Spending the last five years nurturing the music community website has paid off handsomely for three London-based entrepreneurs, after striking a deal with US-based radio conglomerate CBS. I'm still finding it difficult understanding how exactly a website becomes worth $280m, but I suppose attracting 15 million users is something not to be sniffed at. The deal is apparently part of a plan by CBS to attract a younger demographic, presumably to re-divert music and video previously snubbed by younger music lovers tuning-out of mainstream radio, in favour of their own custom online playlists. But enough of my wildly speculative conjecture.
Source: BBC News
This remix medley of mine, based on various themes taken from Nintendo's Legend of Zelda game franchise, seems to pop up now and then on the radar of various blogs, so I thought it might be useful to offer a few notes about the circumstances under which it was written. Although I'm a huge fan of the franchise, with many happy memories playing Zelda: A Link to the Past on my SNES, the remix didn't come about purely as a celebration of the game and its music; it was written for a 2003 competition (I think it was 2003 anyway -- my memory's pretty hazy) hosted by UK games mag Computer and Video Games, and sponsored by Nintendo and Turnkey (a chain of UK music stores). The possibility of winning a Gamecube bundled with Zelda: Wind Waker, plus an Access Virus Indigo 2 VA synth, was too good to pass up. So over the course of one weekend I set about writing a little remix medley homage to the music of Hyrule.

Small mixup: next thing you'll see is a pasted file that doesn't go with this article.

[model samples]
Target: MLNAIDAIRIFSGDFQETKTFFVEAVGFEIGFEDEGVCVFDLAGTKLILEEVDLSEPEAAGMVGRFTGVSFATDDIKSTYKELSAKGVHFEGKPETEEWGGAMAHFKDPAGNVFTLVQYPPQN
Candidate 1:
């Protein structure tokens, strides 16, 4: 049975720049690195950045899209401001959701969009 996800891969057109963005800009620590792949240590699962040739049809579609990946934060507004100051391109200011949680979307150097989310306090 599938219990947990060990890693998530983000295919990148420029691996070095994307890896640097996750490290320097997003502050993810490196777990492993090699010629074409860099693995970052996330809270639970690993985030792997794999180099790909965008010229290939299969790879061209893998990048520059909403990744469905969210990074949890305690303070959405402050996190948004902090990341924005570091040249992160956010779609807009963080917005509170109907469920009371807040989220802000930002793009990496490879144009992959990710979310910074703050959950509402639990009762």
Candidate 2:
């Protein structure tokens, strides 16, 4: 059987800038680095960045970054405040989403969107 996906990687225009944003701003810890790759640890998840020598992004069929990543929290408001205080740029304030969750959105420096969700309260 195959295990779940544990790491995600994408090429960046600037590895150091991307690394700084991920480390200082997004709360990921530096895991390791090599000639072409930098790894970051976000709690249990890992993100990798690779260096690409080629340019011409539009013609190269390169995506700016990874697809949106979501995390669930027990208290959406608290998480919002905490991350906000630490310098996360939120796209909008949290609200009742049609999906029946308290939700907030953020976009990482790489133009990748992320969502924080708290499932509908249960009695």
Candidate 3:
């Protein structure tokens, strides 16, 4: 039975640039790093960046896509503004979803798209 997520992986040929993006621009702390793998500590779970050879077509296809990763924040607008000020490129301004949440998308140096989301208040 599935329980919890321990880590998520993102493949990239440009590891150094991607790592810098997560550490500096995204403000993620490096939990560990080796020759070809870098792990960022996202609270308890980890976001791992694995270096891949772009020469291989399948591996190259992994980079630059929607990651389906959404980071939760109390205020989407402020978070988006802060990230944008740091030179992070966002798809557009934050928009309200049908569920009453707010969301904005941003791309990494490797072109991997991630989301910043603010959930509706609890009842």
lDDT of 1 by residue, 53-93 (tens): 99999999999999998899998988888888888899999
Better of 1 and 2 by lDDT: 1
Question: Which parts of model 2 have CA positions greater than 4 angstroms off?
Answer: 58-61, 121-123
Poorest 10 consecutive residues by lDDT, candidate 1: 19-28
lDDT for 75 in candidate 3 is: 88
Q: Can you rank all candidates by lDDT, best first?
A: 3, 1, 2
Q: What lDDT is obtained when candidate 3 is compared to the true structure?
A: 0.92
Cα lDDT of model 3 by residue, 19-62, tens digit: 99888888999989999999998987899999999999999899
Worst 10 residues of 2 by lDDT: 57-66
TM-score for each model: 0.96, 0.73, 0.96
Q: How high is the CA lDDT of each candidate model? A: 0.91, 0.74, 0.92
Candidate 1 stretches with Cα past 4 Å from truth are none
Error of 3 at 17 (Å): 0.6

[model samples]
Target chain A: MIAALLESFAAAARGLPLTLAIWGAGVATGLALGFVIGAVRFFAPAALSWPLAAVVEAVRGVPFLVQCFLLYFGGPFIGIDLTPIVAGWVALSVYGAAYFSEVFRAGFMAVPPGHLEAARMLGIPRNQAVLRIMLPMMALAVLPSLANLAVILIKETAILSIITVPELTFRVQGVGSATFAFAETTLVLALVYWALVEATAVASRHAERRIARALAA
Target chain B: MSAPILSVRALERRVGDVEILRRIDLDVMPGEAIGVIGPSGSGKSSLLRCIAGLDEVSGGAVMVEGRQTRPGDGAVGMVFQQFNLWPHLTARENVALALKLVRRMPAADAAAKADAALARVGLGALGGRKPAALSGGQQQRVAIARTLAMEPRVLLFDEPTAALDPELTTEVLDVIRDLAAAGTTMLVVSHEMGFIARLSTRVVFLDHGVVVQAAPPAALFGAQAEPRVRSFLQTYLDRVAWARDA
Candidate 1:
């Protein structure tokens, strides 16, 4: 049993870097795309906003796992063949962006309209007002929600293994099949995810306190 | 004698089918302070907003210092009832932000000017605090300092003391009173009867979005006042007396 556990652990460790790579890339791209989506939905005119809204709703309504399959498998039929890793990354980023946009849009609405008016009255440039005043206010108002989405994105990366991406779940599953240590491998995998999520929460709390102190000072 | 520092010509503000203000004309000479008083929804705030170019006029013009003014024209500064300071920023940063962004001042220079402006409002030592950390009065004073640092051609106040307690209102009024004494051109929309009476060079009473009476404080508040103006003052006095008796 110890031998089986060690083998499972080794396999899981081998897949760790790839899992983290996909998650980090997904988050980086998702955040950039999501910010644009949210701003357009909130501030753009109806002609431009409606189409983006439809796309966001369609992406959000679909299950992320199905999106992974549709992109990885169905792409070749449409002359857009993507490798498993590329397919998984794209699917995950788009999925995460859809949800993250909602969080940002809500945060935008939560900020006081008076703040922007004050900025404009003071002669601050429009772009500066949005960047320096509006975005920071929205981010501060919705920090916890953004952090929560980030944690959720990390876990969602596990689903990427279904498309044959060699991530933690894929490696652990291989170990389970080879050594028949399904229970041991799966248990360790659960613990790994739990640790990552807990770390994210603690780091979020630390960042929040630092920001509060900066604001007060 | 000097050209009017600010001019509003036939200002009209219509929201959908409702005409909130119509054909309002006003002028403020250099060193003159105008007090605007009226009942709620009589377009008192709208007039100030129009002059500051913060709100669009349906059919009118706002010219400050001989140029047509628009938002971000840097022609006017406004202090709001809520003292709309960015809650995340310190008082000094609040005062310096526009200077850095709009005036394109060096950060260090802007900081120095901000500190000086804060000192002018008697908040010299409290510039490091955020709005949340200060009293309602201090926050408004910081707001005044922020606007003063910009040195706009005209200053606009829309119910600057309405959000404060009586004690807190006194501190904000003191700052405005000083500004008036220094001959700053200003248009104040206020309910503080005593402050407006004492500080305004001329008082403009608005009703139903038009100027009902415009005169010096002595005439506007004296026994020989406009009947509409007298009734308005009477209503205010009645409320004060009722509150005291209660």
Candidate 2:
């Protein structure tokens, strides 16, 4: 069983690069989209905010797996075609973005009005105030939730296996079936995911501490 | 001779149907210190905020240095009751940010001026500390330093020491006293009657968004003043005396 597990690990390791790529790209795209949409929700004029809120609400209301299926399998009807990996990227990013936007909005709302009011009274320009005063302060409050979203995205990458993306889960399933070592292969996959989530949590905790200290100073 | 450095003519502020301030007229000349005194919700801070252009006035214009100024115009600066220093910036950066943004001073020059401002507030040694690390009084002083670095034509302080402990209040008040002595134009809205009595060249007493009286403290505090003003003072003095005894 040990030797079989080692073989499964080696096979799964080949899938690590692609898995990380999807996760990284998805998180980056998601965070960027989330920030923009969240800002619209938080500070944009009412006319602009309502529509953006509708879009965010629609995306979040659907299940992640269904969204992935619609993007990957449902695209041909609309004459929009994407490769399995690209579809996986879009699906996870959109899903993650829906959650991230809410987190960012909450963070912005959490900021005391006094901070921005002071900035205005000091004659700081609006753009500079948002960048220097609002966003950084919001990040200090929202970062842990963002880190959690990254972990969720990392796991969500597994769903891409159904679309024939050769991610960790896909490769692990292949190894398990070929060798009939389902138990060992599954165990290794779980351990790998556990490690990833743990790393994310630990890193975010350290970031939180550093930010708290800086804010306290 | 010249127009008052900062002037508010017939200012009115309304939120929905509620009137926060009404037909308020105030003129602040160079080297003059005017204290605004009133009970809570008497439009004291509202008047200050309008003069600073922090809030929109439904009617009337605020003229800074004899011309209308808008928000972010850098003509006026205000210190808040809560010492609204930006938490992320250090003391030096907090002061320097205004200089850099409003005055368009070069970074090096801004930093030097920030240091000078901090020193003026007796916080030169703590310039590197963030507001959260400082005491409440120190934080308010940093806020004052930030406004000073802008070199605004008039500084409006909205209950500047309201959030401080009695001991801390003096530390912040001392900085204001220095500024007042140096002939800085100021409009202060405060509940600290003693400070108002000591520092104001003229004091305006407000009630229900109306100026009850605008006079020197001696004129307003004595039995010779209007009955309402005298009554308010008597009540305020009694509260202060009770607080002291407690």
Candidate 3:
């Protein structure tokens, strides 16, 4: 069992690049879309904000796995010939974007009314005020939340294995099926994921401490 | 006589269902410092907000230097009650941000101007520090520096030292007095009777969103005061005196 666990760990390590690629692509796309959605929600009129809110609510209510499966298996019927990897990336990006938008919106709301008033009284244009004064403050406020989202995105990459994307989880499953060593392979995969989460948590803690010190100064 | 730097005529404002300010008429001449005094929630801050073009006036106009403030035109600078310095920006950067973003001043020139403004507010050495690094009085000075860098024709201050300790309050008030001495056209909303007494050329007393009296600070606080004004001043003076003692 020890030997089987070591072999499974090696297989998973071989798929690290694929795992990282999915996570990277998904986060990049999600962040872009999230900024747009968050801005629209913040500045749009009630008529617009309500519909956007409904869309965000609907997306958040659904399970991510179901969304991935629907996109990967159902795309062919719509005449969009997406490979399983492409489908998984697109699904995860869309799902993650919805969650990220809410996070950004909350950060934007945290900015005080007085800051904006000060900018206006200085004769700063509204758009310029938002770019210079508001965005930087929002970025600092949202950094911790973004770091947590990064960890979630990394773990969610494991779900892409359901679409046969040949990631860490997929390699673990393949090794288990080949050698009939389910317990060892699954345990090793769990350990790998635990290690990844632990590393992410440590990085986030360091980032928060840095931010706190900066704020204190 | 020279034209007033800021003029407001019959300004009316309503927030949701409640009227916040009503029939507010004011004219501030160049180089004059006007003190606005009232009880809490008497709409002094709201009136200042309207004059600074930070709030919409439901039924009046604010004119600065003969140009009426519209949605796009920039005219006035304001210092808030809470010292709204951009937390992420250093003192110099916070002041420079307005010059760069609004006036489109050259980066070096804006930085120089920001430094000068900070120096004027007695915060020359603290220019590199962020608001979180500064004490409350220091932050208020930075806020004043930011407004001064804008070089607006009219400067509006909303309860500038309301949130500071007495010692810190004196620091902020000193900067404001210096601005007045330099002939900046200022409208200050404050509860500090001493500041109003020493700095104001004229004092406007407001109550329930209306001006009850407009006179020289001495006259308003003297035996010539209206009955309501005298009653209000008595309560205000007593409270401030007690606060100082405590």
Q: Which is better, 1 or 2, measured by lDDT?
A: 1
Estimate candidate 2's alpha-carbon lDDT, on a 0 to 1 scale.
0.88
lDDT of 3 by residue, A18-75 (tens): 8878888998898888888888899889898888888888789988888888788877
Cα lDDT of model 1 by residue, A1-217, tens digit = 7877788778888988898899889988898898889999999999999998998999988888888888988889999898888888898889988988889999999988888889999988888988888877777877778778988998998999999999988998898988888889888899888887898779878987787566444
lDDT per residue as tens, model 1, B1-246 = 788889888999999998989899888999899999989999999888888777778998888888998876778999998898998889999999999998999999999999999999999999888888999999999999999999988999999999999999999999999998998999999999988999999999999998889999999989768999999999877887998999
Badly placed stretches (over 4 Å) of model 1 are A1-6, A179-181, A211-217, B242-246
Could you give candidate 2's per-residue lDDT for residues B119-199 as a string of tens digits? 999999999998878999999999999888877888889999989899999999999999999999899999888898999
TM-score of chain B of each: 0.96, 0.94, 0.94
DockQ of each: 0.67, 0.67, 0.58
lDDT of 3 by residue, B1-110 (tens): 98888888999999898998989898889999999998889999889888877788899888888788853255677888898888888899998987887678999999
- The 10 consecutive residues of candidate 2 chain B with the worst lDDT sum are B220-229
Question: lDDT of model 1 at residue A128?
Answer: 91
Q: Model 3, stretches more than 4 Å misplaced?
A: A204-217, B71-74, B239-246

As luck would have it, after completely forgetting about the competition, I got a phone call a few months later, from one of the competition organisers notifying me of my win, and a couple of days later I received the Gamecube and Access Virus, feeling like an excited kid on Christmas morning. Somewhat regretfully, I then sold the Virus a month or so after, as at the time I was wholly convinced VSTi synths were all I'd ever need (oops), and that the proceeds of the synth would be better spent purchasing another UAD-1 DSP card, as they were a just couple of hundred quid short of a grand at the time. Ah well, at least I still have the Gamecube (mostly used for Mario Kart!).